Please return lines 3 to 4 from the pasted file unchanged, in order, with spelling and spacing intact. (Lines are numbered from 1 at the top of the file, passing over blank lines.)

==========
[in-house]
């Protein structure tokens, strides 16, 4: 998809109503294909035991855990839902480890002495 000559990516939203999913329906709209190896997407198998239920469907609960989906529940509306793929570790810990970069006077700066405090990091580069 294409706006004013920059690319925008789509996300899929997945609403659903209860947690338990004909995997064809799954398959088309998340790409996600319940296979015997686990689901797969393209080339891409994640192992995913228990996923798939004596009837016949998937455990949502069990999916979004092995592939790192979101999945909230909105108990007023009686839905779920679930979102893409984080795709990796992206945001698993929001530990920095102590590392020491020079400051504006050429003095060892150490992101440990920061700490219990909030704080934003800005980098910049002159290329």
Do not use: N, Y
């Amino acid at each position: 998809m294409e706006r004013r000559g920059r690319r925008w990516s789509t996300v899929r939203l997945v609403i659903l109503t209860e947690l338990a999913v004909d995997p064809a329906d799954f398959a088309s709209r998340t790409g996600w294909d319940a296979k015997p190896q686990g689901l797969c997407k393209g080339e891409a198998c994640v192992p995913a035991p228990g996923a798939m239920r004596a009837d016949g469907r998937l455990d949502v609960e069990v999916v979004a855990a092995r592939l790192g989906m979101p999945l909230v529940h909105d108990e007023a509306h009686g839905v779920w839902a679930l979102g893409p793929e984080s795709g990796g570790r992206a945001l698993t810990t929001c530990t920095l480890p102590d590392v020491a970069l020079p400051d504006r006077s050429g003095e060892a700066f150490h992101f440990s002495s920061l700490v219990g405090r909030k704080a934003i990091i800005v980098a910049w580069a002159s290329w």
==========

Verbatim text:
Do not use: N, Y
């Amino acid at each position: 998809m294409e706006r004013r000559g920059r690319r925008w990516s789509t996300v899929r939203l997945v609403i659903l109503t209860e947690l338990a999913v004909d995997p064809a329906d799954f398959a088309s709209r998340t790409g996600w294909d319940a296979k015997p190896q686990g689901l797969c997407k393209g080339e891409a198998c994640v192992p995913a035991p228990g996923a798939m239920r004596a009837d016949g469907r998937l455990d949502v609960e069990v999916v979004a855990a092995r592939l790192g989906m979101p999945l909230v529940h909105d108990e007023a509306h009686g839905v779920w839902a679930l979102g893409p793929e984080s795709g990796g570790r992206a945001l698993t810990t929001c530990t920095l480890p102590d590392v020491a970069l020079p400051d504006r006077s050429g003095e060892a700066f150490h992101f440990s002495s920061l700490v219990g405090r909030k704080a934003i990091i800005v980098a910049w580069a002159s290329w």